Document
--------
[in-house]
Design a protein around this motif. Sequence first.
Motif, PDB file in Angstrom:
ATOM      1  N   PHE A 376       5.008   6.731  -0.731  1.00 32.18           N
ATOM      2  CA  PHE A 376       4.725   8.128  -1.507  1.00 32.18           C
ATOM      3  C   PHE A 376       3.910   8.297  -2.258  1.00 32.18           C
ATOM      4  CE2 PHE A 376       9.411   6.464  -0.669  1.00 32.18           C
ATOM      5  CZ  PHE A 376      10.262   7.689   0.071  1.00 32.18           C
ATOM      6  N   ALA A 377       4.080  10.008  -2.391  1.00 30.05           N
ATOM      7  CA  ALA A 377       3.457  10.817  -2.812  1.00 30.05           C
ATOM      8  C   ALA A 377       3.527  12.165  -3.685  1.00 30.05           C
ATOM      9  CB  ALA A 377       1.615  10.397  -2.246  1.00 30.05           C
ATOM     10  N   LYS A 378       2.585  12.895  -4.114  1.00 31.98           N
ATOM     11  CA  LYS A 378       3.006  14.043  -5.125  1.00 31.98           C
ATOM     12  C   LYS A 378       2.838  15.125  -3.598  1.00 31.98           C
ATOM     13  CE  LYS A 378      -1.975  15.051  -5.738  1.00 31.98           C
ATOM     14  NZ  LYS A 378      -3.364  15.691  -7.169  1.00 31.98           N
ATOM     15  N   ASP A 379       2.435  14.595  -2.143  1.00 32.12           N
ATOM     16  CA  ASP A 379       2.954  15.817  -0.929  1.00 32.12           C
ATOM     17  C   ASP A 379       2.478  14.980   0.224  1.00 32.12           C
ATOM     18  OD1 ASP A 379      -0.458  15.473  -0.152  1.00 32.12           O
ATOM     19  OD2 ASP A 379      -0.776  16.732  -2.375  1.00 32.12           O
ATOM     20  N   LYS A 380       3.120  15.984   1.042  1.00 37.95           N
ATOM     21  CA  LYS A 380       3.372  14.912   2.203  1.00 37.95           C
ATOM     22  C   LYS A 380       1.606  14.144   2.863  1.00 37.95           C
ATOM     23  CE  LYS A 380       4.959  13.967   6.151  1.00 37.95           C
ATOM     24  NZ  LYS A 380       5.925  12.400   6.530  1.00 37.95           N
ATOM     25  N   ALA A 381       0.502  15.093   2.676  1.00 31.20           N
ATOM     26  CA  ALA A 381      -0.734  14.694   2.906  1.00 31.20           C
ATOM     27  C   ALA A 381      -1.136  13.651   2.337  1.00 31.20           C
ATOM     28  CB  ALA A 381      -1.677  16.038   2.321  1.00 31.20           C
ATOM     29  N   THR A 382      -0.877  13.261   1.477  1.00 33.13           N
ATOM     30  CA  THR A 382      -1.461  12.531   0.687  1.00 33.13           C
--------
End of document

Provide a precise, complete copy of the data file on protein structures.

[in-house]
Design a protein around this motif. Sequence first.
Motif, PDB file in Angstrom:
ATOM      1  N   PHE A 376       5.008   6.731  -0.731  1.00 32.18           N
ATOM      2  CA  PHE A 376       4.725   8.128  -1.507  1.00 32.18           C
ATOM      3  C   PHE A 376       3.910   8.297  -2.258  1.00 32.18           C
ATOM      4  CE2 PHE A 376       9.411   6.464  -0.669  1.00 32.18           C
ATOM      5  CZ  PHE A 376      10.262   7.689   0.071  1.00 32.18           C
ATOM      6  N   ALA A 377       4.080  10.008  -2.391  1.00 30.05           N
ATOM      7  CA  ALA A 377       3.457  10.817  -2.812  1.00 30.05           C
ATOM      8  C   ALA A 377       3.527  12.165  -3.685  1.00 30.05           C
ATOM      9  CB  ALA A 377       1.615  10.397  -2.246  1.00 30.05           C
ATOM     10  N   LYS A 378       2.585  12.895  -4.114  1.00 31.98           N
ATOM     11  CA  LYS A 378       3.006  14.043  -5.125  1.00 31.98           C
ATOM     12  C   LYS A 378       2.838  15.125  -3.598  1.00 31.98           C
ATOM     13  CE  LYS A 378      -1.975  15.051  -5.738  1.00 31.98           C
ATOM     14  NZ  LYS A 378      -3.364  15.691  -7.169  1.00 31.98           N
ATOM     15  N   ASP A 379       2.435  14.595  -2.143  1.00 32.12           N
ATOM     16  CA  ASP A 379       2.954  15.817  -0.929  1.00 32.12           C
ATOM     17  C   ASP A 379       2.478  14.980   0.224  1.00 32.12           C
ATOM     18  OD1 ASP A 379      -0.458  15.473  -0.152  1.00 32.12           O
ATOM     19  OD2 ASP A 379      -0.776  16.732  -2.375  1.00 32.12           O
ATOM     20  N   LYS A 380       3.120  15.984   1.042  1.00 37.95           N
ATOM     21  CA  LYS A 380       3.372  14.912   2.203  1.00 37.95           C
ATOM     22  C   LYS A 380       1.606  14.144   2.863  1.00 37.95           C
ATOM     23  CE  LYS A 380       4.959  13.967   6.151  1.00 37.95           C
ATOM     24  NZ  LYS A 380       5.925  12.400   6.530  1.00 37.95           N
ATOM     25  N   ALA A 381       0.502  15.093   2.676  1.00 31.20           N
ATOM     26  CA  ALA A 381      -0.734  14.694   2.906  1.00 31.20           C
ATOM     27  C   ALA A 381      -1.136  13.651   2.337  1.00 31.20           C
ATOM     28  CB  ALA A 381      -1.677  16.038   2.321  1.00 31.20           C
ATOM     29  N   THR A 382      -0.877  13.261   1.477  1.00 33.13           N
ATOM     30  CA  THR A 382      -1.461  12.531   0.687  1.00 33.13           C